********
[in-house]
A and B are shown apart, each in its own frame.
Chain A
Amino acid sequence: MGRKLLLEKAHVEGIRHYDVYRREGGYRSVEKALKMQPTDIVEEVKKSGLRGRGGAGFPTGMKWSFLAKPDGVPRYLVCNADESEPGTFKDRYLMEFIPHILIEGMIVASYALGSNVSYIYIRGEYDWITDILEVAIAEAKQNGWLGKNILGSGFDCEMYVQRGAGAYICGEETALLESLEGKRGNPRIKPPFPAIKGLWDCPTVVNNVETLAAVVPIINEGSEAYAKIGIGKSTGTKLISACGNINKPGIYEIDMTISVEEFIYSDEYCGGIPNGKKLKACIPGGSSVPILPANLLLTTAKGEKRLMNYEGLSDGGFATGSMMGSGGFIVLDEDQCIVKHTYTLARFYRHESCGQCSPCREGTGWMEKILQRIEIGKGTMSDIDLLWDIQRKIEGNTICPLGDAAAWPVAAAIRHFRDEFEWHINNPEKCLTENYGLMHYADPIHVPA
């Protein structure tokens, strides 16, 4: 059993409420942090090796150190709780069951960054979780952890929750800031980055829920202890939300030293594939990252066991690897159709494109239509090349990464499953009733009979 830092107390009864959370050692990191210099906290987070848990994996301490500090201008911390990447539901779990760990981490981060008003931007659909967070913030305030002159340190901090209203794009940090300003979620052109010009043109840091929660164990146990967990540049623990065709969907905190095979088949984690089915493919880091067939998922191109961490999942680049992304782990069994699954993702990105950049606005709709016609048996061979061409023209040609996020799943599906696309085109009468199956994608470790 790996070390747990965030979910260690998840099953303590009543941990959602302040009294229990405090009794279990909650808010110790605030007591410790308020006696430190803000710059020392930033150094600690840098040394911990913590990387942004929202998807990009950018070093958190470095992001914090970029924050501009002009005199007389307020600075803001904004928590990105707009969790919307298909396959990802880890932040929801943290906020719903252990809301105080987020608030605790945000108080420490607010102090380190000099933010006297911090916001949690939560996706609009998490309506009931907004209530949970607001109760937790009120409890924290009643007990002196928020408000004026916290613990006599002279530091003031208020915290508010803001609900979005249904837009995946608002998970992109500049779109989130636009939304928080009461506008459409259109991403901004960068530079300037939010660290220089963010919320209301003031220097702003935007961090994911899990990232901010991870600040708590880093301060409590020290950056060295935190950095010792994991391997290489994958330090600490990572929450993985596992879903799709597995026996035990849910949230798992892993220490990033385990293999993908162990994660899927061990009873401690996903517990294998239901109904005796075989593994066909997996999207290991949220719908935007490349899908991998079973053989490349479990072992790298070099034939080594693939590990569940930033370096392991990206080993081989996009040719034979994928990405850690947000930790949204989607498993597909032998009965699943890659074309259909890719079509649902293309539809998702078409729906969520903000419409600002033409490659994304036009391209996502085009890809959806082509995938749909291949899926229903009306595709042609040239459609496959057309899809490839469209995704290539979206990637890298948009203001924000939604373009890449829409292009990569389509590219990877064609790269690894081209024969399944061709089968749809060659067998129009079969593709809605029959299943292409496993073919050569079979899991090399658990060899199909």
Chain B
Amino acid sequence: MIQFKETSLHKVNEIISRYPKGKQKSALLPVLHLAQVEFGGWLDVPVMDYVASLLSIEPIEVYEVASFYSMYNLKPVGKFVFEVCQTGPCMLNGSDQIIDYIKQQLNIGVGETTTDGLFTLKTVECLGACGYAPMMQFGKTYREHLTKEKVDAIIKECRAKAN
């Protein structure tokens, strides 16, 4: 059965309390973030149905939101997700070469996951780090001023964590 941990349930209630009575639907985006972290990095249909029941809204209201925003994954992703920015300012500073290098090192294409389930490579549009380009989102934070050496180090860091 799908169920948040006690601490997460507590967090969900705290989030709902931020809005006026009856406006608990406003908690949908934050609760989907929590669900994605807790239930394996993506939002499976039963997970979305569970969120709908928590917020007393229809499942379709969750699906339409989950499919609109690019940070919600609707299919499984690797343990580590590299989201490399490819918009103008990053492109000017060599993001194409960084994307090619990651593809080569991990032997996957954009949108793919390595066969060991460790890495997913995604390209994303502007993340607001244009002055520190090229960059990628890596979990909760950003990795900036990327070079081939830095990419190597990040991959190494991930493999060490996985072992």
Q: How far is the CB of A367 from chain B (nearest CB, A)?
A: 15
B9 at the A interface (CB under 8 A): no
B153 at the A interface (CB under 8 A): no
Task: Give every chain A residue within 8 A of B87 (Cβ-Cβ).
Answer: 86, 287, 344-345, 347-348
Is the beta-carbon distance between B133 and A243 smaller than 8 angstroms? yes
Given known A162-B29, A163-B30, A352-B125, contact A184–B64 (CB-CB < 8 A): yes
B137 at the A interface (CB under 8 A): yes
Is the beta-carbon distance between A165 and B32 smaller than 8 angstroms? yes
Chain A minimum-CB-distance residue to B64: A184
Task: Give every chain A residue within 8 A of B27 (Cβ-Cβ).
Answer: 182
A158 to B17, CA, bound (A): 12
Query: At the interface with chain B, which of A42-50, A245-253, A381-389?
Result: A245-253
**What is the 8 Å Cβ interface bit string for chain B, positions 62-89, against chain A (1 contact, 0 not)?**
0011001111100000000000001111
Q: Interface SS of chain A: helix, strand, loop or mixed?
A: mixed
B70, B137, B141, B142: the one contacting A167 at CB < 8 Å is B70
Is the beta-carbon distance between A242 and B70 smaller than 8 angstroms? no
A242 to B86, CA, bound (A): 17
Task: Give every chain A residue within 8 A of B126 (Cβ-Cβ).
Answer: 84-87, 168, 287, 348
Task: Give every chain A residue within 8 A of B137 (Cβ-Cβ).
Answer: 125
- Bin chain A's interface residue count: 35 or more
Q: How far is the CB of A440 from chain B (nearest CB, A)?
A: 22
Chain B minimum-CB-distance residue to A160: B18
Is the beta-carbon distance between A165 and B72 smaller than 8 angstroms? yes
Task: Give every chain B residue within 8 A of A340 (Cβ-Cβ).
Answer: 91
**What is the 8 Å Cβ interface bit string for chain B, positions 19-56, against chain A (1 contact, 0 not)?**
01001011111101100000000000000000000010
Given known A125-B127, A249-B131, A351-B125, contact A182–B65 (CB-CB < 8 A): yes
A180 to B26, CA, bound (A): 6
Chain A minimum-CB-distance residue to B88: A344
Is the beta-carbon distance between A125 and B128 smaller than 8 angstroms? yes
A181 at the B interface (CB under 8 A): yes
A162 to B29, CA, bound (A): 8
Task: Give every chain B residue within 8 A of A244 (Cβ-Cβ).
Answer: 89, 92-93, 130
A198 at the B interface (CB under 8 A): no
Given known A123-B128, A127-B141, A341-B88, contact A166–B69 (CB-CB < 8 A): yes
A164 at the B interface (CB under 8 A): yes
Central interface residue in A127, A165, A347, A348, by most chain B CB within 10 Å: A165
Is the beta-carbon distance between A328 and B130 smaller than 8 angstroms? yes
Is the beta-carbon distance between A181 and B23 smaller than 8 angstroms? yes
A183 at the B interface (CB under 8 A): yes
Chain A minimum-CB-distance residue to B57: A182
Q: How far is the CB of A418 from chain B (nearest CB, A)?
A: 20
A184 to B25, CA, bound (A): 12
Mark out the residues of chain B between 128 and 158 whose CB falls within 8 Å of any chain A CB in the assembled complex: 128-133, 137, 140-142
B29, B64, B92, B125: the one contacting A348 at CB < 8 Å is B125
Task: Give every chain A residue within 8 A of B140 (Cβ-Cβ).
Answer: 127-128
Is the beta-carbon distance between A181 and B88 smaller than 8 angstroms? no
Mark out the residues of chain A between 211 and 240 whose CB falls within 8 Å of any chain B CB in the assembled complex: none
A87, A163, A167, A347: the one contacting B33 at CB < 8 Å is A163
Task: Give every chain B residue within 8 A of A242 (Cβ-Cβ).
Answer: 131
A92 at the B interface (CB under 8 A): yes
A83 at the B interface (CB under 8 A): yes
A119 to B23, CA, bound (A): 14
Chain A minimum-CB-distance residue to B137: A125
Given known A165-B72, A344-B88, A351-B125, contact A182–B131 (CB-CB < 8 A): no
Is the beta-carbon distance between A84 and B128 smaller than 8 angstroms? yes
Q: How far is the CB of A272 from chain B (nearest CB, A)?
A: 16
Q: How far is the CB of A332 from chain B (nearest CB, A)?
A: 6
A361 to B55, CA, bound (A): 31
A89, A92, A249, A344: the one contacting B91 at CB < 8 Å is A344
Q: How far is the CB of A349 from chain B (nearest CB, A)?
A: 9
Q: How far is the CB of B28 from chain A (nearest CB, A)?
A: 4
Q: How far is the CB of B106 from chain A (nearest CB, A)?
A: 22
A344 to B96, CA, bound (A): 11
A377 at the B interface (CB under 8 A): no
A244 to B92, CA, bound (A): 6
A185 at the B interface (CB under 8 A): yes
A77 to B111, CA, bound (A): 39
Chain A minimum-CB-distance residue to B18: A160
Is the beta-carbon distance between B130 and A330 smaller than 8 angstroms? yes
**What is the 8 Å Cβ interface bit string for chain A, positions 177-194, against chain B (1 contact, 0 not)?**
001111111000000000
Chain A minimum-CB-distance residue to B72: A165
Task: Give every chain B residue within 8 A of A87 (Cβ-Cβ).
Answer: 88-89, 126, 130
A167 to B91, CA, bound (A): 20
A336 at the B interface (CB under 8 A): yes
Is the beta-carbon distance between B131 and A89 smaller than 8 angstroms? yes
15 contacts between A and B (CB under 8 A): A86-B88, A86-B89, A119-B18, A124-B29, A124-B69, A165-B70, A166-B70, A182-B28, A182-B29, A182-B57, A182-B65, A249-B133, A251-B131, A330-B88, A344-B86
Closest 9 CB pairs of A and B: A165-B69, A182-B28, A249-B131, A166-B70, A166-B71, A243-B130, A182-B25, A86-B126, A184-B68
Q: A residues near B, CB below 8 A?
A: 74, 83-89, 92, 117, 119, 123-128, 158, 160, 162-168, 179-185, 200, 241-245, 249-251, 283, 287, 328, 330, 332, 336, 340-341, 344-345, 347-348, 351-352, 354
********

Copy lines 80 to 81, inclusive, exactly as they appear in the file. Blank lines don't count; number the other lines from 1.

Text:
A: 16
Q: How far is the CB of A332 from chain B (nearest CB, A)?